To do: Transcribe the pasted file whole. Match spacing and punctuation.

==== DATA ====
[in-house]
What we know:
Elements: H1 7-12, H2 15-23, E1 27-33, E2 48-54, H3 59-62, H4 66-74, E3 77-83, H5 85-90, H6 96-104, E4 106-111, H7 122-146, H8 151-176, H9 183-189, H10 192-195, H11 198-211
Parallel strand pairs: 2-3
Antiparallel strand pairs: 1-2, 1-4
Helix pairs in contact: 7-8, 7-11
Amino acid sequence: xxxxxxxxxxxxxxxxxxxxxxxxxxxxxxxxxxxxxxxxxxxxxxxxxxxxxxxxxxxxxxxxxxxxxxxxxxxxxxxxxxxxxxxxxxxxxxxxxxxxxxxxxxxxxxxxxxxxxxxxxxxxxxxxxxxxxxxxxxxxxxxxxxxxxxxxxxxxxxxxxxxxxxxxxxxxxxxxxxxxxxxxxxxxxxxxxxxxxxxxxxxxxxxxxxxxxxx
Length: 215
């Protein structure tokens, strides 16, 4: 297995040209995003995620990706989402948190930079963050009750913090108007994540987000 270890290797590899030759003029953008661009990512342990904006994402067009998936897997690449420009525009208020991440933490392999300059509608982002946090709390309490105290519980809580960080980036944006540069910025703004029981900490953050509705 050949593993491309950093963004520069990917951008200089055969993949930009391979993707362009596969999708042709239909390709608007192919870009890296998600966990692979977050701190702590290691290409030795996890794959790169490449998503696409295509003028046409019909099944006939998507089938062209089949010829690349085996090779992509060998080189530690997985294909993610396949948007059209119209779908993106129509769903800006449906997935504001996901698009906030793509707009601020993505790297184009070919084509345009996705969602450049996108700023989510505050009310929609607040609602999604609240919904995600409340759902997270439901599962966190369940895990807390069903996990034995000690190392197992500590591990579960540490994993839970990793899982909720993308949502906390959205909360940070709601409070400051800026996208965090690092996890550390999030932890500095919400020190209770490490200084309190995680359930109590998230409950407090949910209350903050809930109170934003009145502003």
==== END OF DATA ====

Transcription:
[in-house]
What we know:
Elements: H1 7-12, H2 15-23, E1 27-33, E2 48-54, H3 59-62, H4 66-74, E3 77-83, H5 85-90, H6 96-104, E4 106-111, H7 122-146, H8 151-176, H9 183-189, H10 192-195, H11 198-211
Parallel strand pairs: 2-3
Antiparallel strand pairs: 1-2, 1-4
Helix pairs in contact: 7-8, 7-11
Amino acid sequence: xxxxxxxxxxxxxxxxxxxxxxxxxxxxxxxxxxxxxxxxxxxxxxxxxxxxxxxxxxxxxxxxxxxxxxxxxxxxxxxxxxxxxxxxxxxxxxxxxxxxxxxxxxxxxxxxxxxxxxxxxxxxxxxxxxxxxxxxxxxxxxxxxxxxxxxxxxxxxxxxxxxxxxxxxxxxxxxxxxxxxxxxxxxxxxxxxxxxxxxxxxxxxxxxxxxxxxx
Length: 215
């Protein structure tokens, strides 16, 4: 297995040209995003995620990706989402948190930079963050009750913090108007994540987000 270890290797590899030759003029953008661009990512342990904006994402067009998936897997690449420009525009208020991440933490392999300059509608982002946090709390309490105290519980809580960080980036944006540069910025703004029981900490953050509705 050949593993491309950093963004520069990917951008200089055969993949930009391979993707362009596969999708042709239909390709608007192919870009890296998600966990692979977050701190702590290691290409030795996890794959790169490449998503696409295509003028046409019909099944006939998507089938062209089949010829690349085996090779992509060998080189530690997985294909993610396949948007059209119209779908993106129509769903800006449906997935504001996901698009906030793509707009601020993505790297184009070919084509345009996705969602450049996108700023989510505050009310929609607040609602999604609240919904995600409340759902997270439901599962966190369940895990807390069903996990034995000690190392197992500590591990579960540490994993839970990793899982909720993308949502906390959205909360940070709601409070400051800026996208965090690092996890550390999030932890500095919400020190209770490490200084309190995680359930109590998230409950407090949910209350903050809930109170934003009145502003």